Funnily, I didn't think of Ripley either. Now I'm too young for Ripley to have been in my childhood. But thinking on it, I'm not sure I would have thought of Ripley as a "sci-fi" heroine. Alien was basically a horror movie and Aliens was an action movie. Thinking on it, I'm not sure I ever considered her a "sci-fi" heroine.

Which now has me spinning off into thoughts of "Where is the line between sci-fi..." and other genres. Like when is a movie a "Science Fiction" movie vs a "Horror Movie set in Space."

An ACTION heroine, especially after Aliens, absolutely. But the Ripley from Alien seemed a lot more similar to your "last girl standing" Horror heroine.

Yeah, her action came more in later movies. Does her character arc follow the traditional horror movie heroine theme, though? IIRC she didn't survive because she was without sin, and the others didn't die because they were sinful.

"...set in space."

When you start to ask if a movie is in a particular genre based on the setting alone it gets tangled pretty fast. I tend to thing of SF and F tales (in any medium) as having an extra main character: the setting. In most other kinds of stories the setting is a background character.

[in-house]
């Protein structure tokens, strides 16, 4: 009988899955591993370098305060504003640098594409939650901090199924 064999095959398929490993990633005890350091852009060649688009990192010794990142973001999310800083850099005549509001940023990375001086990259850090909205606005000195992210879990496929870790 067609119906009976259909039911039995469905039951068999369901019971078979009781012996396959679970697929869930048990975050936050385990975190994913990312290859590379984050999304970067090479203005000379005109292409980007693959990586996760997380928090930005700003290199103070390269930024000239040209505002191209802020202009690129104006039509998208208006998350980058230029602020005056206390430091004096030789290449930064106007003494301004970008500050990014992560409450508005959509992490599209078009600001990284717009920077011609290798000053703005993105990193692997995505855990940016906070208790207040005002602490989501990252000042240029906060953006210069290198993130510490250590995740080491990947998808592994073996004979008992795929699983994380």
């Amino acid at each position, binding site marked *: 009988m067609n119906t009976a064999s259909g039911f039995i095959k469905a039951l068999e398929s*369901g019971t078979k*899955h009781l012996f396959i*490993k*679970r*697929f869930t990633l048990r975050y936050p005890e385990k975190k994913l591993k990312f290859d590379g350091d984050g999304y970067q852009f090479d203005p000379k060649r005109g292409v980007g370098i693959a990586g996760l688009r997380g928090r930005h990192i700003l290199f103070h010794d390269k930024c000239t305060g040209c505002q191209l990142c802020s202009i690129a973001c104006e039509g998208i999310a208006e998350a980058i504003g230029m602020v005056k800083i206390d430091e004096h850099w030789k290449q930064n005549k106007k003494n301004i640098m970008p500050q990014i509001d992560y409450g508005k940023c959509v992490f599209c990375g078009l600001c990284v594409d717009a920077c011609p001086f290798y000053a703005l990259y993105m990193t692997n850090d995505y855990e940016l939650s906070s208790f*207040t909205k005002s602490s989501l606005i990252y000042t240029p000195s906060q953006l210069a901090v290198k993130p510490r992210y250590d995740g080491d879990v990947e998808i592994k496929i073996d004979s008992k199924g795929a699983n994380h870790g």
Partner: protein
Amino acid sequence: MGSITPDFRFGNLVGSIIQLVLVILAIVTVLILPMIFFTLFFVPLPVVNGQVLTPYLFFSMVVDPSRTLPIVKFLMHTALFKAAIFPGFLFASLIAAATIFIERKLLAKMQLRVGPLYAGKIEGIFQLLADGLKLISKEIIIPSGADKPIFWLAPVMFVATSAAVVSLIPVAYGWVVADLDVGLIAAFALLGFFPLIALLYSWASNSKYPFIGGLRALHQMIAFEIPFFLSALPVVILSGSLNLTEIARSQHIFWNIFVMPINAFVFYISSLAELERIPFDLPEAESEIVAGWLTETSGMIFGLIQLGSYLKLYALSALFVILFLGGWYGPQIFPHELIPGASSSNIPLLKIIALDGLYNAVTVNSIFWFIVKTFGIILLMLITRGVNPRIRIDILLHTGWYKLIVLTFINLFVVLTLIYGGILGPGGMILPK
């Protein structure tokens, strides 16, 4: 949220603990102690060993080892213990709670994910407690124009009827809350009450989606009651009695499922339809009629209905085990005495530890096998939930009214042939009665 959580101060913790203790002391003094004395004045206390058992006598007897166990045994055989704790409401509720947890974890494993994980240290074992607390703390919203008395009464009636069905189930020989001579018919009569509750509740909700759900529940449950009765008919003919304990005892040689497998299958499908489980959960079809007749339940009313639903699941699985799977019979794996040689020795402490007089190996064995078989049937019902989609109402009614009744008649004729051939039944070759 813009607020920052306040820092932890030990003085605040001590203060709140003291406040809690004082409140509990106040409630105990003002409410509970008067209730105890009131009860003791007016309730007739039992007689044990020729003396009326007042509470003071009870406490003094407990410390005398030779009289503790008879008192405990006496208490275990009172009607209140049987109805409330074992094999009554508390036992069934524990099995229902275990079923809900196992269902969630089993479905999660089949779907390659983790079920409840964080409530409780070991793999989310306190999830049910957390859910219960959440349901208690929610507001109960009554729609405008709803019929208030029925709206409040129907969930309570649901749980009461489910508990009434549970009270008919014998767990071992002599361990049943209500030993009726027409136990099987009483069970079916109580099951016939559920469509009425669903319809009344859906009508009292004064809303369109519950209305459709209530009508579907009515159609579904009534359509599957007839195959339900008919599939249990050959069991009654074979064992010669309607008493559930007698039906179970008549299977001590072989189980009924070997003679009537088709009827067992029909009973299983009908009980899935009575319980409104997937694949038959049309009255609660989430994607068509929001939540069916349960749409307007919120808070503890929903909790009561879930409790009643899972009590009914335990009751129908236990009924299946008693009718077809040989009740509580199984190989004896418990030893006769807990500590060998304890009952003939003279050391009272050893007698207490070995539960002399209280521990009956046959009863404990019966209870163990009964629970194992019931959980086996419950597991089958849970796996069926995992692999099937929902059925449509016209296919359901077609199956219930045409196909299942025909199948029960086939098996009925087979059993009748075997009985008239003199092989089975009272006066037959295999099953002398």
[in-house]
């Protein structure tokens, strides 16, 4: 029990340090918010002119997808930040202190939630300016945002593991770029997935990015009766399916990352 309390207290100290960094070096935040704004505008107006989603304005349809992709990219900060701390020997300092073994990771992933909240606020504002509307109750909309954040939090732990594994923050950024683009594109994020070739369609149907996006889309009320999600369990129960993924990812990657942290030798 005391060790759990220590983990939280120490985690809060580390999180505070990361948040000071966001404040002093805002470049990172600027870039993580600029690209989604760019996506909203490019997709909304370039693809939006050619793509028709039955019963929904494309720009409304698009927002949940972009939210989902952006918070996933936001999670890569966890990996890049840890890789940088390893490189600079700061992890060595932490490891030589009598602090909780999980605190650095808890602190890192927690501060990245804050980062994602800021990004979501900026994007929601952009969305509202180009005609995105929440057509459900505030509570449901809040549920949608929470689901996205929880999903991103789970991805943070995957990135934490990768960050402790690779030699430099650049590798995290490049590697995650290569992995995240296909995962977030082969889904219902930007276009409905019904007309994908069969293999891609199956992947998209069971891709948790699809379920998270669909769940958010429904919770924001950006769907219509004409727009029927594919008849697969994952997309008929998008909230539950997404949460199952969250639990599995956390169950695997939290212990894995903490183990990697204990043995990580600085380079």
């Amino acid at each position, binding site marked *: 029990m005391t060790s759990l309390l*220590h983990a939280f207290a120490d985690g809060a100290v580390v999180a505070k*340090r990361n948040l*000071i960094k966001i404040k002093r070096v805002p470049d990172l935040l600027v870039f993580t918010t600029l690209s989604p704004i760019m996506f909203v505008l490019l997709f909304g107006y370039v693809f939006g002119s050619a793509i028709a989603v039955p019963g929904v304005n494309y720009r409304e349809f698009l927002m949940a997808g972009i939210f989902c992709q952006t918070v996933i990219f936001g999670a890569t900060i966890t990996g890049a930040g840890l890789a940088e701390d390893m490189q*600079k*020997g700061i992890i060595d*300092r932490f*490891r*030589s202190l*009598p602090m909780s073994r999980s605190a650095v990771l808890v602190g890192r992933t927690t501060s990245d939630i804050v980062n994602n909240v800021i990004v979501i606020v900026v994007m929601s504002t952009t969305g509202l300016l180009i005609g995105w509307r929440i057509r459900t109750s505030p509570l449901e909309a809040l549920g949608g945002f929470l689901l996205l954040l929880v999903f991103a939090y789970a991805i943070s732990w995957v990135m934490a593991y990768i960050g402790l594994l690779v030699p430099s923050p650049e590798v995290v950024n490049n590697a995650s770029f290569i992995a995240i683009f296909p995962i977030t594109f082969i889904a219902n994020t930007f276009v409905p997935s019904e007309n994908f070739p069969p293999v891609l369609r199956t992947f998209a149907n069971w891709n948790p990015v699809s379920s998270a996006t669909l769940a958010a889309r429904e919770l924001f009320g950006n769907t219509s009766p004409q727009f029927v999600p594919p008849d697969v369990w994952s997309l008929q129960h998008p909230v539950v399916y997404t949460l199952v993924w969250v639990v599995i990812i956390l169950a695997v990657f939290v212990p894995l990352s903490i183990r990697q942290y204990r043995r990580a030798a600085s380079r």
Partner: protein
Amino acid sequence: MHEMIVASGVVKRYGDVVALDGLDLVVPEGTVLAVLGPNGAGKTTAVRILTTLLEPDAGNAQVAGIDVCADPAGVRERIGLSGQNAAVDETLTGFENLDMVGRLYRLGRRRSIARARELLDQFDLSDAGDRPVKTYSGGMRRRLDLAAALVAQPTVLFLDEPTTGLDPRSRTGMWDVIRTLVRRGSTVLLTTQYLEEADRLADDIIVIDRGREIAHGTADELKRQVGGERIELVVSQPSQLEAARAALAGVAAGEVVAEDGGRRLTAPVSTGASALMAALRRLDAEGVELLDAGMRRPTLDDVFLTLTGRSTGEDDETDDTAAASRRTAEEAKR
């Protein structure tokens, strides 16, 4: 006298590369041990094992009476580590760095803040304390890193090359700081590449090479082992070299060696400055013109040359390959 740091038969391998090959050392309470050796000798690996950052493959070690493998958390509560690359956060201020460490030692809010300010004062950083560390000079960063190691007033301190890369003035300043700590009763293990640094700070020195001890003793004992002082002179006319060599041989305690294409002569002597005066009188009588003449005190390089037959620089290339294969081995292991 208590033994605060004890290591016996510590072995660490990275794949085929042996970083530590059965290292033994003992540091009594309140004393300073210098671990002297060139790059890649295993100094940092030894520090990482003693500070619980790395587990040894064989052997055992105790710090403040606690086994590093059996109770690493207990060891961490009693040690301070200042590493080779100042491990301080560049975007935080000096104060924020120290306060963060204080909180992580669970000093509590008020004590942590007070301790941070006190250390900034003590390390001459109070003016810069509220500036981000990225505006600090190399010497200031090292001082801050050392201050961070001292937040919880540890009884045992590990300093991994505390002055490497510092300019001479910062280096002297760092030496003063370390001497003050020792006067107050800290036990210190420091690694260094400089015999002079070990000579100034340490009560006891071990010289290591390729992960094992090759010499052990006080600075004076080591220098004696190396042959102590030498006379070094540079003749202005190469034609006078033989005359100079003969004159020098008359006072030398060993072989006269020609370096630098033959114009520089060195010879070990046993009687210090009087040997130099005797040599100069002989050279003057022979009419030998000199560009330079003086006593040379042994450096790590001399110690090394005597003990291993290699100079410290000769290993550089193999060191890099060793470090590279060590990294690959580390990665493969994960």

Since I was coming up empty on other female action heroes from the 70s and 80s I asked Google for help. Wikipedia has an interesting (and admittedly limited) list that includes:
  • Coffy from Coffy (1973)
  • Yuki Kashima from Lady Snowblood (1973) and Lady Snowblood 2: Love Song of Vengeance (1974)
  • Foxy Brown from Foxy Brown (1974)
  • Princess Leia Organa from the original Star Wars series (1977–1983)
  • Ellen Ripley from the Alien series (1979-1997)
  • Sarah Connor from the Terminator series (1984–2015)

I presume Coffy is considered blacksploitation like Foxy Brown, and that Lady Snowblood didn't see wide distribution in North America? Slim pickings at the time. Leia, Ripley, and Conner were the full list for my childhood, I think.

They list two older movies as well:
  • Pauline Hargraves from The Perils of Pauline movie serial (1933)
  • Torchy Blane from the Torchy Blane series (1937–1939)

Have any of you seen either?
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Offline Dan I

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Re: Episode #600
« Reply #18 on: January 09, 2017, 09:54:00 AM »

  • Sarah Connor from the Terminator series (1984–2015)
Connor raises the same issue as Ripley. In the original Terminator she is MUCH more of a traditional damsel in distress with signs of underlying action hero status.